Okay, admit it. In your search for evidence to determine whether a medical technology is safe and efficacious, you read just the abstract of an original research article for a quick overview of the results. Maybe time was at a premium (and when isn’t it?), or perhaps you couldn’t access the full text of the article without incurring a charge.
We’ve all done it at one point or another because we believe the abstract provides an accurate synopsis of the highlights of the study. Guess what? In many cases, it doesn’t.
A seminal paper on the inaccuracies of abstracts was published in 1999 in the Journal of the American Medical Association (Pitkin et al. Accuracy of data in abstracts of published research articles. JAMA. 1999;281:1110-1111.). That paper reported the results of an analysis of 88 articles and their accompanying abstracts that appeared in 6 major medical journals during a 1-year time frame. The investigators looked for two types of discrepancies: data reported differently in the abstract and the body of the manuscript; and data reported in the body of the manuscript but not in the abstract. If either discrepancy was identified, the abstract was considered deficient. The proportion of deficient abstracts ranged from 18% to 68%, depending on the journal. The most common discrepancy was inconsistency between what was presented in the abstract versus the body of the manuscript. A total of 24% of deficient abstracts contained both kinds of discrepancies.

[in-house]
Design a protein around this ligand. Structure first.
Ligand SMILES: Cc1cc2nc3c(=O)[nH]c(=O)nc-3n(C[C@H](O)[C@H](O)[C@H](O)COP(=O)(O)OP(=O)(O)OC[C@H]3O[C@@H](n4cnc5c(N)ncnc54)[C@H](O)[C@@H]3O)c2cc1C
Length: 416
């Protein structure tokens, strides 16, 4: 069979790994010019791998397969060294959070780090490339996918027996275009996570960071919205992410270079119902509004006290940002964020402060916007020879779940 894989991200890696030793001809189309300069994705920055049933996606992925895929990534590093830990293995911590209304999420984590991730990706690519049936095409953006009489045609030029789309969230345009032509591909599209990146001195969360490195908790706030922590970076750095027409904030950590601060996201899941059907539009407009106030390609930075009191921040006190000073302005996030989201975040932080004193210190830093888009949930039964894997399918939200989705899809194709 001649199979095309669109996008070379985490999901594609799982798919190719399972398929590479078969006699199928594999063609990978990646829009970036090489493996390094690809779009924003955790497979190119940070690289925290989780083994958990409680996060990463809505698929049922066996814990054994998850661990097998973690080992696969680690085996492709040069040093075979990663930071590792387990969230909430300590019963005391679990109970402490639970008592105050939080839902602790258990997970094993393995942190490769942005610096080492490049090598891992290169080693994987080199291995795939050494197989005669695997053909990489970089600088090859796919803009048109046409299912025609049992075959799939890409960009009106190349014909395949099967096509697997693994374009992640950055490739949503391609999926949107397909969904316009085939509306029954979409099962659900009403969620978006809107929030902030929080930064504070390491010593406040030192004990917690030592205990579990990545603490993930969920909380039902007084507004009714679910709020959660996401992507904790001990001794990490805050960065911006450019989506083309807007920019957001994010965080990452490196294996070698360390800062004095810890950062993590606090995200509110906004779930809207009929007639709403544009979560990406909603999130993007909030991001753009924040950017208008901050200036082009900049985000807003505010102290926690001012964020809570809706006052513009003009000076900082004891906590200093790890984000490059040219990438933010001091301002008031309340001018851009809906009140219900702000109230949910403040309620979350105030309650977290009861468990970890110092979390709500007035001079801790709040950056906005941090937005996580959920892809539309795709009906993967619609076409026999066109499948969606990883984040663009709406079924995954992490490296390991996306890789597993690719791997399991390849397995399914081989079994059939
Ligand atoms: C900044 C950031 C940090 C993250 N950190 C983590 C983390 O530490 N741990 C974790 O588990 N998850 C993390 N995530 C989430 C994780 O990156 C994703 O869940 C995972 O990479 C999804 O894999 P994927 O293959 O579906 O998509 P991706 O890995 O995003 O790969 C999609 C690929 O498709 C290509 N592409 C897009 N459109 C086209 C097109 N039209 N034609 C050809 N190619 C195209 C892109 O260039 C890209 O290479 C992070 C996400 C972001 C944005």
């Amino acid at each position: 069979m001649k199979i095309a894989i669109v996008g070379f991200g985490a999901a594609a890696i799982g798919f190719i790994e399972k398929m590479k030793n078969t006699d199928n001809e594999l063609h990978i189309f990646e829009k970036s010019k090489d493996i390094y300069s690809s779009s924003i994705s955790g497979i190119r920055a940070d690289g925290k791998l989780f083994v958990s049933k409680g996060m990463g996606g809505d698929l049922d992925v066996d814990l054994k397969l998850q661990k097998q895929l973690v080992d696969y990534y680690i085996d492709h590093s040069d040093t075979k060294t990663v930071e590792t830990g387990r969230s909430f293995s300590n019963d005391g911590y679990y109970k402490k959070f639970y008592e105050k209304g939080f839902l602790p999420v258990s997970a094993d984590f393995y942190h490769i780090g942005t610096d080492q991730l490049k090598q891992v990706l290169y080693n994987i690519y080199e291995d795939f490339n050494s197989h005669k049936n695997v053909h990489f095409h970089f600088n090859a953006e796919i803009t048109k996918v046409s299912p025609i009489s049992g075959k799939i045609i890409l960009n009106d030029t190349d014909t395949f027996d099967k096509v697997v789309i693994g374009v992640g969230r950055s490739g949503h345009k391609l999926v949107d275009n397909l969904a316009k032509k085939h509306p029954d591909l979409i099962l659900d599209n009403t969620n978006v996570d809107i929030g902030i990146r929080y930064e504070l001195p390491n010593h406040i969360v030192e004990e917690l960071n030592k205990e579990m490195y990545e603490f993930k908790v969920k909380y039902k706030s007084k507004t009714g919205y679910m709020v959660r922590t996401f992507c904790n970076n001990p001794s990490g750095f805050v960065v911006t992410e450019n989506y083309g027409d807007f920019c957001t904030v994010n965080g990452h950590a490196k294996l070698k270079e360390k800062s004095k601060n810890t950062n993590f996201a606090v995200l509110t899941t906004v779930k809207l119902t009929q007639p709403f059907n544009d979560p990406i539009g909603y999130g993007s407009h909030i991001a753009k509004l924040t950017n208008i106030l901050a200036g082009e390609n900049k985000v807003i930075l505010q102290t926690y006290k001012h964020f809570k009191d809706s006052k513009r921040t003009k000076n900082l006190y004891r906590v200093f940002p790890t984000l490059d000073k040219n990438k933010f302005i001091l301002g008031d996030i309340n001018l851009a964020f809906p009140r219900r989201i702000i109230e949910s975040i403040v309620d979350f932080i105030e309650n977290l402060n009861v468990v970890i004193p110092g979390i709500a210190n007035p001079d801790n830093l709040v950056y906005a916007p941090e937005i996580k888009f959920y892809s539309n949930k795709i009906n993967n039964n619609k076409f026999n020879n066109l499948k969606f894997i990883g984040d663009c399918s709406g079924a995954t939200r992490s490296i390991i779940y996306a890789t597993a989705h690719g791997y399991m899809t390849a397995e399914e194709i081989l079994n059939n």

That was 12 years ago. Have abstracts become more accurate? Not really. More recent research shows that in biomedical publications, abstracts continue to be suboptimal. One assessment of 418 abstracts of original research published in 4 major otolaryngology journals (McCoul et al. Do abstracts in otolaryngology journals report study findings accurately? Otolaryngol Head Neck Surg. 2010;142:225-230.) showed that when compared with the complete article, abstracts commonly omitted study limitations (91% left out of abstract), geographic location (79%), confidence intervals (75%), dropouts or losses (62%), and harms and adverse events (44%). A similar analysis of 243 abstracts in pharmacy journals (Ward et al. Accuracy of abstracts of original research articles in pharmacy journals. Ann Pharmacother. 2004;38-1173-1177.) found that nearly 25% of abstracts contained omissions and 33% contained either an omission or inaccuracy. And finally, an investigation of 227 abstracts published in the New England Journal of Medicine, JAMA, Lancet, and British Medical Journal showed that, with regard to the reporting of results, 28% of abstracts omitted primary outcomes, 38% failed to include effect size and confidence intervals, and about half (49%) did not report harms and side effects (Berwanger et al. The quality of reporting of trial abstracts is suboptimal: survey of major medical journals. J Clin Epidemiol. 2009;62:387-392.).
One of the contributing factors to suboptimal abstracts is probably abstract word restrictions, which make it difficult for authors to describe the research comprehensively, especially the trial methods and results sections. Nevertheless, these data point out the problems that can arise with relying on abstracts to determine the quality and outcomes of clinical research. Sole reliance on abstracts can cause readers to draw inappropriate conclusions about the efficacy and safety of the technology under investigation, especially when study limitations, adverse events, and subject dropouts or losses are omitted from the abstract.
The next time you’re tempted to look at the abstract only, think twice. The safety and efficacy conclusions you draw from the brief abstract may not be as accurate as you think.